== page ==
05/17/2018 | Press release | Distributed by Public on 05/16/2018 23:48
NEW BRUNSWICK, N.J. - With the Murphy administration well underway, New Jerseyans are now split over the direction of the state, as more feel better than they have in recent years about where New Jersey is headed. Gov. Phil Murphy himself remains an unknown to a sizeable segment of the public, but initial impressions of the job he is doing are positive: 46 percent approve of his job as governor thus far, 29 percent disapprove, and the remaining quarter offer no assessment. U.S. Sen. Cory Booker continues to shine as the most popular public official in the state, while U.S. Sen. Robert Menendez's ratings remain lackluster. These are some of the main findings from the latest Rutgers-Eagleton Poll.
For the first time since March 2014, residents are divided over the direction in which the Garden State is headed: 45 percent think the state is going in the right direction, while 48 percent feel it is off on the wrong track. This division is a dramatic improvement after an increasingly pessimistic outlook during Gov. Chris Christie's last two years in office, which resulted in an all-time low for the state's direction right before the end of his tenure. Positivity about the state has increased by double digits since November alone, when those saying the state was off on the wrong track outnumbered those saying it was headed in the right direction by a two-to-one margin - 60 to 30 percent.
'Resident's views on the state are certainly more positive than they have been in recent years, but the degree to which they have improved varies across partisan lines,' said Ashley Koning, assistant research professor and director of the Eagleton Center for Public Interest Polling (ECPIP) at Rutgers University-New Brunswick. 'With a Democratic governor in the State House, two thirds of Democrats now have a positive outlook on New Jersey, up 26 points since last November. Independents are much more skeptical, but positivity has grown by double digits among them as well. Three-quarters of Republicans feel just the opposite, though even among this group, positivity has ticked up 5 points since Murphy's November victory.'
Cory Booker remains the most popular political figure statewide. More approve than disapprove of the job he is doing as a U.S. Senator by a margin of 52 to 27 percent. Around the same number (46 percent) hold a positive impression of him, while 25 percent are negative and the rest say they do not have enough information to offer an assessment or are ambivalent.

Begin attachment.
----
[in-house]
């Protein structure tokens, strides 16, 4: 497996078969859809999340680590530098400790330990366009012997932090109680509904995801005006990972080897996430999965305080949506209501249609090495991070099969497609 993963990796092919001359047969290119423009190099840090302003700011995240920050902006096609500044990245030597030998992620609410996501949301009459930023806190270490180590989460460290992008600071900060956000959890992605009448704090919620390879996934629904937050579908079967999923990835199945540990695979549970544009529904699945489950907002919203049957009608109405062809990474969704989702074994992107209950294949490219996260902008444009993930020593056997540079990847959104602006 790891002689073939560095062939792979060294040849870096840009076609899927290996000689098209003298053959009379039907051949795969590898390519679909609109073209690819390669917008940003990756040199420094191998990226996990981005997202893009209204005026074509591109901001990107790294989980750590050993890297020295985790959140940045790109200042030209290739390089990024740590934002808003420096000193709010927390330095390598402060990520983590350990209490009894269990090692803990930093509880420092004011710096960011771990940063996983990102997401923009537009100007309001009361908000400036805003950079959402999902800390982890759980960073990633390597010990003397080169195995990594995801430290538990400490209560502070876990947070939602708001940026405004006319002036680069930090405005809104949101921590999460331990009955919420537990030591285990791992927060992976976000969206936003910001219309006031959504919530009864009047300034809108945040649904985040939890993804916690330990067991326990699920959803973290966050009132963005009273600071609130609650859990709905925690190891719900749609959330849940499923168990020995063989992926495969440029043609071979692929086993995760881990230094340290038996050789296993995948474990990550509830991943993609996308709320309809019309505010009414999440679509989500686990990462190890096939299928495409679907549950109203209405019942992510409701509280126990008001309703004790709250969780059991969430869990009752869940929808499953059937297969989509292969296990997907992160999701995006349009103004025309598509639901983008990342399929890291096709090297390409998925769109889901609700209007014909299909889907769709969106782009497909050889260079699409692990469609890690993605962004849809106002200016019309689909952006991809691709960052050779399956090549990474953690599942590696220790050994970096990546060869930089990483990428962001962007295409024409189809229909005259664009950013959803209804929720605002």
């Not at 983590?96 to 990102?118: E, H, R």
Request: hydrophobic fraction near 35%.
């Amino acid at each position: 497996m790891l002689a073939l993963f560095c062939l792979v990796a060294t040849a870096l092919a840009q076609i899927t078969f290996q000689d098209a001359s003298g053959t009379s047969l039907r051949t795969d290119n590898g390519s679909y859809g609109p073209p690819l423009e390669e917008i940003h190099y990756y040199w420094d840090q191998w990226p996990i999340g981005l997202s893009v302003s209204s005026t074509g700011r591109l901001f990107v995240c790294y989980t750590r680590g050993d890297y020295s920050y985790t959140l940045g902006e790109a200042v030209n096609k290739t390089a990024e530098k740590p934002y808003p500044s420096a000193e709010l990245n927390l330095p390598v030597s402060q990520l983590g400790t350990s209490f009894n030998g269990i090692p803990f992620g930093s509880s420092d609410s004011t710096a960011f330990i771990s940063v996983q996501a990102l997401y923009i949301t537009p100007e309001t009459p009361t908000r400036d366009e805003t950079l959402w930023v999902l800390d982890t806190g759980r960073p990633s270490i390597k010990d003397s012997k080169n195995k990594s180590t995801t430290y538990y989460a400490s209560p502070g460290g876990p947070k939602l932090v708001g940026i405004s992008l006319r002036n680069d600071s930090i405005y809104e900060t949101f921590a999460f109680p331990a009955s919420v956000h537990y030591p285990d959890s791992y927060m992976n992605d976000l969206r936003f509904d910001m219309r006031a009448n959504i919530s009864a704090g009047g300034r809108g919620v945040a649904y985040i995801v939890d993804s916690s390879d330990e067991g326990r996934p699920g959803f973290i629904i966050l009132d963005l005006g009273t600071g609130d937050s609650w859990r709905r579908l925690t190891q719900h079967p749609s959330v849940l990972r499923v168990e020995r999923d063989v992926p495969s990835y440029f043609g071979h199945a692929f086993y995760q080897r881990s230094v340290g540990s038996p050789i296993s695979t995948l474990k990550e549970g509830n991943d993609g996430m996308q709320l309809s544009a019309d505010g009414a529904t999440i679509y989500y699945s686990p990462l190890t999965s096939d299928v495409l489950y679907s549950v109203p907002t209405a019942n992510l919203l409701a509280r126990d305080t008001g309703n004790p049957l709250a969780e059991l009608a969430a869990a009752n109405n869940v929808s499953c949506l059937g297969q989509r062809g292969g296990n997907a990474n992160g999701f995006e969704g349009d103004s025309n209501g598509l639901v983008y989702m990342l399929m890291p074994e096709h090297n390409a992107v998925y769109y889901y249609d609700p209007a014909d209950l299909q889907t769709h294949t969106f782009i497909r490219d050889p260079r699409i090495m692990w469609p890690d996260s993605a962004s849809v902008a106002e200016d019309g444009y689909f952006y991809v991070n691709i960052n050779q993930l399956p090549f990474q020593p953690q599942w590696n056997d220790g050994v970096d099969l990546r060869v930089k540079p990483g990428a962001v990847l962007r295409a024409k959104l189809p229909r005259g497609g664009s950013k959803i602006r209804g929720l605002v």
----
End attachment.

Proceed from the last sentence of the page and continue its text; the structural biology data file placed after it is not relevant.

New Jerseyans remain uninspired by their other Democratic U.S. Senator, Robert Menendez, whose federal corruption trial last year ended in a hung jury. Slightly more disapprove than approve of the job Menendez is doing by a margin of 37 to 33 percent, with a large number either undecided or not having an opinion. Just 22 percent say they have a positive impression of him; far more are negative (35 percent) or say they are not sure (42 percent).
'Menendez's ratings have never reached the height of Booker's, and a large number continue to be almost as ambivalent toward the senior senator as when he first took office in 2006,' said Koning. 'Time will tell how these lackluster ratings play out for Menendez in his reelection year, where he may face a well-financed challenger in pharmaceutical executive Bob Hugin.'
Statewide, favorable impressions of Phil Murphy outnumber negative ones by a margin of 36 to 24 percent, with 28 percent not having formed an opinion and another 12 percent saying they had not heard of their new governor who took office in January. At this point, opinions of Murphy are heavily conditioned by partisanship: Democrats are largely favorable (54 percent to 5 percent), while Republicans are mostly unfavorable (52 percent to 17 percent), and Independents are split.
'Gov. Murphy starts out in office with favorability ratings akin to Gov. Christine Whitman's, yet lower than governors Jim McGreevey, Jon Corzine, and Christie at the starts of their first terms,' said Koning. 'Much like Whitman, and especially given the low visibility of this past year's race and low voter turnout, a large number of New Jerseyans are still undecided on Murphy, giving his ratings plenty of room to move up or down as he takes action on the budget and other policies.'
Seven in 10 have no opinion of Democratic State Senate President Steve Sweeney, who has often been at odds with the governor on some policy initiatives and appointments. Formed opinion is split - 14 percent favorable to 17 percent unfavorable. Interestingly, more Republicans (21 percent) currently have a favorable opinion of Sweeney than Democrats (14 percent).
Results are from a statewide poll of 704 adults contacted by live callers on both landlines and cell phones from April 26 to May 4, 2018. The sample has a margin of error of +/-4.3 percentage points. Interviews were done in English and, when requested, Spanish.